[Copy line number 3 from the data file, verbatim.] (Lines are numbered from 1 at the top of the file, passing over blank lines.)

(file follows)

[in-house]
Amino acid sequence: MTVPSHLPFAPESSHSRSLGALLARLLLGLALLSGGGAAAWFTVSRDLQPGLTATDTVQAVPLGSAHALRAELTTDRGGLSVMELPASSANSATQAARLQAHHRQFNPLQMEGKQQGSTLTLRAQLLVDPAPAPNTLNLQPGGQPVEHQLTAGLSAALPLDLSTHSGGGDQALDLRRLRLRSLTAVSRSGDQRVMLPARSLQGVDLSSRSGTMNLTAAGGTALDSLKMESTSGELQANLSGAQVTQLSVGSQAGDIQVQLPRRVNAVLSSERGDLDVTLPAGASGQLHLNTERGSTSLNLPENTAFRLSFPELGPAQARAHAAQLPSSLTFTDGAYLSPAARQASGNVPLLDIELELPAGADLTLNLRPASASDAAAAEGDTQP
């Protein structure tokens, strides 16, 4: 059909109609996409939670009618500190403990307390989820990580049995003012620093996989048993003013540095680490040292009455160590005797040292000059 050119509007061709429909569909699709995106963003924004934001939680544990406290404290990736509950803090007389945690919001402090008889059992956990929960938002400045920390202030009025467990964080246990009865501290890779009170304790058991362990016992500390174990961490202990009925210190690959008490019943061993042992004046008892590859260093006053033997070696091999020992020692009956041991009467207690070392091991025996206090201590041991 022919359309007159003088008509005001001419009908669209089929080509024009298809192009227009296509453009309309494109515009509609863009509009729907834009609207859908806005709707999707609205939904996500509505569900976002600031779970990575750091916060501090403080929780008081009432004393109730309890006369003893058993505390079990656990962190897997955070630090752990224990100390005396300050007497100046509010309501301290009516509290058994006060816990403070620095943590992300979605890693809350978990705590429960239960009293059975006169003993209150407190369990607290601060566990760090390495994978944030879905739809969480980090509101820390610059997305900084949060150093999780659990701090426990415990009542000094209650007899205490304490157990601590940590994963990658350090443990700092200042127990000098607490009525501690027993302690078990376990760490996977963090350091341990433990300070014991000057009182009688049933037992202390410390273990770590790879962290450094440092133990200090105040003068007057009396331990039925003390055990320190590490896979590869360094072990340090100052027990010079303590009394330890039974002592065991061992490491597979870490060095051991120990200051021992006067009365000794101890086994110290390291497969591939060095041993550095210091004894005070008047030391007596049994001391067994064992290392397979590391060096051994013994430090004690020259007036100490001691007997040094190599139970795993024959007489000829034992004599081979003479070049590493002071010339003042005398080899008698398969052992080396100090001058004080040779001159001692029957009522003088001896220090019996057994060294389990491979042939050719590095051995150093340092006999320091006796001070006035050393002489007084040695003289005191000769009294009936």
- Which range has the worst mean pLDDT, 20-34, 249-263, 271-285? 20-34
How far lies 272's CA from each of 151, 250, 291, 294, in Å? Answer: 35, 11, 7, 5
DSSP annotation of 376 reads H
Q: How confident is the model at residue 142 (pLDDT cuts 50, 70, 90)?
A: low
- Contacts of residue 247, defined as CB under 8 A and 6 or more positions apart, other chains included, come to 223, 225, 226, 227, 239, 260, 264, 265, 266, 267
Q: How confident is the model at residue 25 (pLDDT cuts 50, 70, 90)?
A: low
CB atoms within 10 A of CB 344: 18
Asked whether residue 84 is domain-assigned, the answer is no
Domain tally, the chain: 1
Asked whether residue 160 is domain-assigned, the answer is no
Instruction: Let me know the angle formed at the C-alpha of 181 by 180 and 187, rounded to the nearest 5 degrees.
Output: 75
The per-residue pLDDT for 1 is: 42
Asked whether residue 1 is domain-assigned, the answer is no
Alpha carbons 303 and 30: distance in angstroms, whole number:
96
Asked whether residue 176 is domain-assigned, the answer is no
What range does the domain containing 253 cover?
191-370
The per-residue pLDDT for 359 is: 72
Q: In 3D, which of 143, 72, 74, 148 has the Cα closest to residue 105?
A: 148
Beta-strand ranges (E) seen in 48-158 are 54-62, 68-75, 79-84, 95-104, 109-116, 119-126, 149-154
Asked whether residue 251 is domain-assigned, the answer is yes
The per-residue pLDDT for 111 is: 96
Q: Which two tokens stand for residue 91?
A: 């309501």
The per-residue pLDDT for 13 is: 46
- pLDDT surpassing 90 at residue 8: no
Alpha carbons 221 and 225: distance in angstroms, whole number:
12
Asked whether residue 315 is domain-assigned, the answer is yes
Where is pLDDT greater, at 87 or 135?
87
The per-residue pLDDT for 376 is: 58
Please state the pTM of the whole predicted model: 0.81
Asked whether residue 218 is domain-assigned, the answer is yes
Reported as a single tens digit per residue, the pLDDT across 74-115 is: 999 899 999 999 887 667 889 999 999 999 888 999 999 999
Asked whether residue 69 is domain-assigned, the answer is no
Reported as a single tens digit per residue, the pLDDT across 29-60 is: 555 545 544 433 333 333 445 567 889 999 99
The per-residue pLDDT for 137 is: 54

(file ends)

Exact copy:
């Protein structure tokens, strides 16, 4: 059909109609996409939670009618500190403990307390989820990580049995003012620093996989048993003013540095680490040292009455160590005797040292000059 050119509007061709429909569909699709995106963003924004934001939680544990406290404290990736509950803090007389945690919001402090008889059992956990929960938002400045920390202030009025467990964080246990009865501290890779009170304790058991362990016992500390174990961490202990009925210190690959008490019943061993042992004046008892590859260093006053033997070696091999020992020692009956041991009467207690070392091991025996206090201590041991 022919359309007159003088008509005001001419009908669209089929080509024009298809192009227009296509453009309309494109515009509609863009509009729907834009609207859908806005709707999707609205939904996500509505569900976002600031779970990575750091916060501090403080929780008081009432004393109730309890006369003893058993505390079990656990962190897997955070630090752990224990100390005396300050007497100046509010309501301290009516509290058994006060816990403070620095943590992300979605890693809350978990705590429960239960009293059975006169003993209150407190369990607290601060566990760090390495994978944030879905739809969480980090509101820390610059997305900084949060150093999780659990701090426990415990009542000094209650007899205490304490157990601590940590994963990658350090443990700092200042127990000098607490009525501690027993302690078990376990760490996977963090350091341990433990300070014991000057009182009688049933037992202390410390273990770590790879962290450094440092133990200090105040003068007057009396331990039925003390055990320190590490896979590869360094072990340090100052027990010079303590009394330890039974002592065991061992490491597979870490060095051991120990200051021992006067009365000794101890086994110290390291497969591939060095041993550095210091004894005070008047030391007596049994001391067994064992290392397979590391060096051994013994430090004690020259007036100490001691007997040094190599139970795993024959007489000829034992004599081979003479070049590493002071010339003042005398080899008698398969052992080396100090001058004080040779001159001692029957009522003088001896220090019996057994060294389990491979042939050719590095051995150093340092006999320091006796001070006035050393002489007084040695003289005191000769009294009936």